September 2018. The rickety rickshaw maneuvered its way through a narrow street in one of the oldest and most crowded areas of Delhi. But it was still early in the morning and the shopping and business rush hadn’t started. The rickshaw hit a small crowd and I noticed a child walking on a tightrope with a steel plate for footwear. In the background religious music blared while an older man solicited donations for the miraculous spectacle that God had enabled.
In my Rs 4500 ($60) a month climbing gym in South Delhi, as well as in American climbing circles, this activity is known as slacklining . Given how I struggle with the simple act of standing up on a slack-line in a highly controlled environment of a gym, this kid was outstanding. The rope was sketchily tied to two pillars balancing each other. If he fell, he would hit hard concrete and injure himself. My anxieties for his safety were mixed with a strong feeling of self-inadequacy.
I was first introduced to climbing in India in the context of mountaineering; but I adopted it as a routine activity in the US. When I moved back from the States, I found myself desperately clinging to the activity even though it was shockingly expensive and a lot less convenient in Delhi. While my day to day cost of living is less than a fifth of what it was in the US, my gym costs almost the same (about $10 lesser in India). This however isn’t unique to climbing gyms; all gyms are expensive. In a third world country fitness is a luxury and you pay first world prices for it (whether or not you draw a first world salary).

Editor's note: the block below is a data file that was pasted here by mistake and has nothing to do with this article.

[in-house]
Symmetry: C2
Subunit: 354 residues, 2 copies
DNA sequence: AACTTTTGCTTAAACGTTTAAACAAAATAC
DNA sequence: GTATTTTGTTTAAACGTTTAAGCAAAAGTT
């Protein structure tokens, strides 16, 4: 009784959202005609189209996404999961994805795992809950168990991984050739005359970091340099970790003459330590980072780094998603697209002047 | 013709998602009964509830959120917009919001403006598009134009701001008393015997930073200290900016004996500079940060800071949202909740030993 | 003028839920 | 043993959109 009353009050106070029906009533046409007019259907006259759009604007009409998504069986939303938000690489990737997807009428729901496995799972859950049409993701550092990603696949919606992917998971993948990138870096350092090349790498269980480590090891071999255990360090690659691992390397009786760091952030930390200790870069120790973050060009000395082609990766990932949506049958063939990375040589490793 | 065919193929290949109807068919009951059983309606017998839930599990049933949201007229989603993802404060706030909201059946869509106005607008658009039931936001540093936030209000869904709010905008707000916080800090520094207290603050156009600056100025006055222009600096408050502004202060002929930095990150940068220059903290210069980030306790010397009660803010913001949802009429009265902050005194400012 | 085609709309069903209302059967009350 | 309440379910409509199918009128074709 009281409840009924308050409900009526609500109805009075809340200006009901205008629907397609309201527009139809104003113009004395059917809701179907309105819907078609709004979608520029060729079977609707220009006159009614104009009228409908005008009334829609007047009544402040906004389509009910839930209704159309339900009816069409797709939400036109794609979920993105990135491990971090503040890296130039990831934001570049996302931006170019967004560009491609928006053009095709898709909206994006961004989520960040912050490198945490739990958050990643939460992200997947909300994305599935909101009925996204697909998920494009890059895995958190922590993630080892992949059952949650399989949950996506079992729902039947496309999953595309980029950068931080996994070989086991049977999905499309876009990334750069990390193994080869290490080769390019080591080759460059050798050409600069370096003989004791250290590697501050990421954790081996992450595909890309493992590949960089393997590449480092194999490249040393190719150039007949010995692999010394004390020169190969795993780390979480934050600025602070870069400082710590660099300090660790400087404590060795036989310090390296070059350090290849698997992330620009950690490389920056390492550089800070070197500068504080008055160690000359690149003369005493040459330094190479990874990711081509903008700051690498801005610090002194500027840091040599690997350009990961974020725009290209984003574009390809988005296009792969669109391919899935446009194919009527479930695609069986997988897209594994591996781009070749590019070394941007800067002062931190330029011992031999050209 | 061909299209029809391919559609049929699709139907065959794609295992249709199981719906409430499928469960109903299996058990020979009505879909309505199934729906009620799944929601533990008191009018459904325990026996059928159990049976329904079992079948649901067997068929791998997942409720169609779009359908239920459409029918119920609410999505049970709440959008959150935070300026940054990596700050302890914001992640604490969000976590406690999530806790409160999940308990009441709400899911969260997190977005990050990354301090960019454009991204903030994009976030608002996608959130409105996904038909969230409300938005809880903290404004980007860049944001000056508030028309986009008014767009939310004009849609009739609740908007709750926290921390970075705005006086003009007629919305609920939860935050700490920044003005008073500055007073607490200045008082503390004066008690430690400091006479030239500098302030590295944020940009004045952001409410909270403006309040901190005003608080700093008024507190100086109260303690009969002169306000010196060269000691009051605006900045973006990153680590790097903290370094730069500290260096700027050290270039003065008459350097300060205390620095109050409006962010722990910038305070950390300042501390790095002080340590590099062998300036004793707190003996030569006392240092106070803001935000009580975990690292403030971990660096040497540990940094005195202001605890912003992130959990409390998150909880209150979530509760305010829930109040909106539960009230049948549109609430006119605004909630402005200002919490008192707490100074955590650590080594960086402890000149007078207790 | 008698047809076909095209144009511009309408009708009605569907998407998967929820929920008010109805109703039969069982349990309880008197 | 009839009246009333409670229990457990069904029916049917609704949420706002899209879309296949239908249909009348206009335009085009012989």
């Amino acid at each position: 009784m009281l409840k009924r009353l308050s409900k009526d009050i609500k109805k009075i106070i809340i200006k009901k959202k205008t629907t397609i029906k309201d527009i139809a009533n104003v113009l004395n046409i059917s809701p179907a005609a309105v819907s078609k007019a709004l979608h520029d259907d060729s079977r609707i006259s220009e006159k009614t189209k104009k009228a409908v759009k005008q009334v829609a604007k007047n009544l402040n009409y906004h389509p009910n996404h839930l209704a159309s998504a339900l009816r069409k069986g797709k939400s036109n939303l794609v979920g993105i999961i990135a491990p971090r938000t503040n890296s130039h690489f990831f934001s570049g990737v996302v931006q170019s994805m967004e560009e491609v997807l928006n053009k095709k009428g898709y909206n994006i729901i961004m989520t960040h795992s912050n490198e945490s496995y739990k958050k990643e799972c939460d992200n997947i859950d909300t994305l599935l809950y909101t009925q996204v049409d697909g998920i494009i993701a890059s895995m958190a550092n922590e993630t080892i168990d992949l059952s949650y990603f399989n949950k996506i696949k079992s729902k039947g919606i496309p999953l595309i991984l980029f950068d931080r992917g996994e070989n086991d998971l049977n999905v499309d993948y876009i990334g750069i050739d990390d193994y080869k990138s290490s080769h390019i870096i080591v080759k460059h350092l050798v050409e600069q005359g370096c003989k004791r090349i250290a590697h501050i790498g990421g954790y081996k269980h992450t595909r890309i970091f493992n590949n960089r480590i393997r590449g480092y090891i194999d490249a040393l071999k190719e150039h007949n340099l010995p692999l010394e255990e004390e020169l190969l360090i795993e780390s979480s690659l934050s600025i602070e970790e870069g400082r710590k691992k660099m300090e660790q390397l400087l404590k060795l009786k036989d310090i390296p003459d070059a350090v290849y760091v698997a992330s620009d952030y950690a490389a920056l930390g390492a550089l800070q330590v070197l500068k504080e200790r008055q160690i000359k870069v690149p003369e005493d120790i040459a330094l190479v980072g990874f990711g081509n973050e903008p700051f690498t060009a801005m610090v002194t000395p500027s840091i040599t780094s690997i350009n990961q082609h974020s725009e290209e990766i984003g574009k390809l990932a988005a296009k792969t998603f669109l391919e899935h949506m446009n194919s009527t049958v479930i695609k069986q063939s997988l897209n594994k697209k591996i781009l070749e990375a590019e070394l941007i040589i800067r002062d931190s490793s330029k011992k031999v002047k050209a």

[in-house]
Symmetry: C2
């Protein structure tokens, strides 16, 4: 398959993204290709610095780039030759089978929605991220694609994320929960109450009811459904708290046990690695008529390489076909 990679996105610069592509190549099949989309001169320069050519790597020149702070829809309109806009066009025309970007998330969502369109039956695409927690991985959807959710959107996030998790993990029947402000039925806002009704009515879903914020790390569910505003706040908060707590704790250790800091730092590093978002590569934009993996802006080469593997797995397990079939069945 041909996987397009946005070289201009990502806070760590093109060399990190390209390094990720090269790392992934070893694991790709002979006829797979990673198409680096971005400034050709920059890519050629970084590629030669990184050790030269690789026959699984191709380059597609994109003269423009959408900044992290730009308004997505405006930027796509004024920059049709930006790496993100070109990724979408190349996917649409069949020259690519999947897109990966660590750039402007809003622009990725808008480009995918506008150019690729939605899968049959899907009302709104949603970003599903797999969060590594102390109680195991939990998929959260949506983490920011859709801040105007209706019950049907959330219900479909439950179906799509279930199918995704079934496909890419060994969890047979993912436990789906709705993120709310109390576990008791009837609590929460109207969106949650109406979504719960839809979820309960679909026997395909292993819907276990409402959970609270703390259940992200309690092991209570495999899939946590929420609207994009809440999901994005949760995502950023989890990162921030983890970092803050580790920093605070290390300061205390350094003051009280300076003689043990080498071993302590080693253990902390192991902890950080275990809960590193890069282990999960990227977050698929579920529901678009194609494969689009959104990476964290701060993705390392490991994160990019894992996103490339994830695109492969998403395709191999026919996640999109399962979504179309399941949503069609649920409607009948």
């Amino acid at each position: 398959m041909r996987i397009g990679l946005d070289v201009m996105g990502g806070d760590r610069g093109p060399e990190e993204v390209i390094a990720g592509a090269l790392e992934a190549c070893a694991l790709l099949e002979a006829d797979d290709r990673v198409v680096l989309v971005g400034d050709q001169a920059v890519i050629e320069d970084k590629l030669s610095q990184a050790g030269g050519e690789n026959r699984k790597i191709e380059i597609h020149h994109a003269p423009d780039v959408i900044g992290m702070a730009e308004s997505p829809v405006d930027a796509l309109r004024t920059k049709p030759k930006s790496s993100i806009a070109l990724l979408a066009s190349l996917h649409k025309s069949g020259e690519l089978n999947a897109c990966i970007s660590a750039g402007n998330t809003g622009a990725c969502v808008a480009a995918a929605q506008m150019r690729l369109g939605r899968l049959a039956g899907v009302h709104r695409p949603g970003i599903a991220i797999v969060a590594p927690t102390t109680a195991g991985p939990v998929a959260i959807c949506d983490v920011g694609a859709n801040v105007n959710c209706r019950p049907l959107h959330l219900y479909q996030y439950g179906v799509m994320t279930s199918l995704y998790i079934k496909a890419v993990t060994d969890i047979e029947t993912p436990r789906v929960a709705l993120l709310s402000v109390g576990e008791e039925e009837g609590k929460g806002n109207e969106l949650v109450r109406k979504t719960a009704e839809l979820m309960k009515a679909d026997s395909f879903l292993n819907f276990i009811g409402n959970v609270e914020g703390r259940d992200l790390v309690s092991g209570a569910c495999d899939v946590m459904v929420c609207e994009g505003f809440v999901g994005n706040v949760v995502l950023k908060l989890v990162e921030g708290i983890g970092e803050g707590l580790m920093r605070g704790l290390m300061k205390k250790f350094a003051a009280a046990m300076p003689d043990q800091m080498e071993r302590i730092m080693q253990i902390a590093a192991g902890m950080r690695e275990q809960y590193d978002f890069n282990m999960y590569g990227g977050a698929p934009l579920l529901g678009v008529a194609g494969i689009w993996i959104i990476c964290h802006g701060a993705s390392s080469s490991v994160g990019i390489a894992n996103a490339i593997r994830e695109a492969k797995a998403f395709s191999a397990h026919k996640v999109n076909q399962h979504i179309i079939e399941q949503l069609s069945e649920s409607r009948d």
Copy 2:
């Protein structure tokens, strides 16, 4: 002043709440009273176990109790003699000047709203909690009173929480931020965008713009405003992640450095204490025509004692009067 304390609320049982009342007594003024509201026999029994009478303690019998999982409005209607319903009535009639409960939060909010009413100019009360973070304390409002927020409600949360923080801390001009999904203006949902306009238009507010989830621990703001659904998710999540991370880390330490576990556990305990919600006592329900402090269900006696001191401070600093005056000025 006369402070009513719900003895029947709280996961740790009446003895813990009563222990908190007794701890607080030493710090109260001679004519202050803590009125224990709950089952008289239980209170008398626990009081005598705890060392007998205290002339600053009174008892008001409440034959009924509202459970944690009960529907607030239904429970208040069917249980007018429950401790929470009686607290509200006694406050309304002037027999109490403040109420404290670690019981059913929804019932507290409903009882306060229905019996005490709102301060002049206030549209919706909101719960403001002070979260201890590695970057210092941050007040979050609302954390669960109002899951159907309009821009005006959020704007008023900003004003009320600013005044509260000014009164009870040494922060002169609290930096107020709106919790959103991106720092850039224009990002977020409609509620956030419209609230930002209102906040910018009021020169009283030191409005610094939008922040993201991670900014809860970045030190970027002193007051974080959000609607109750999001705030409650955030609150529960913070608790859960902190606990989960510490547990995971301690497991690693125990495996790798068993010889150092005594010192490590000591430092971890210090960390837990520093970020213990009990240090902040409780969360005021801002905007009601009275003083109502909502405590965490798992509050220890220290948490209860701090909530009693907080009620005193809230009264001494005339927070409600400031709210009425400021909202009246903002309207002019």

Often foreigners visiting India are struck by the jarring inequality coexisting in the same space-time. While they can’t fathom it, locals are inured to it. But seeing this child tightrope walking reminded me afresh of the absurdity of class inequities globally present but locally apparent. On one extreme is the figure of a man like Dean Potter (one remembers a particular image of him grinning mischievously before base jumping off a rock). Even with the destitution that climbing brought him, the ability to walk away from the aspects of life that he disagreed with, without fearing for his daily safety was a luxury. On the other was this child whose daily survival depended on impressing enough people with his skill. I doubt that this child viewed slacklining as a borderline spiritual activity. It was a necessity- money is what bought him his safety. Safety of shelter, food, clean water…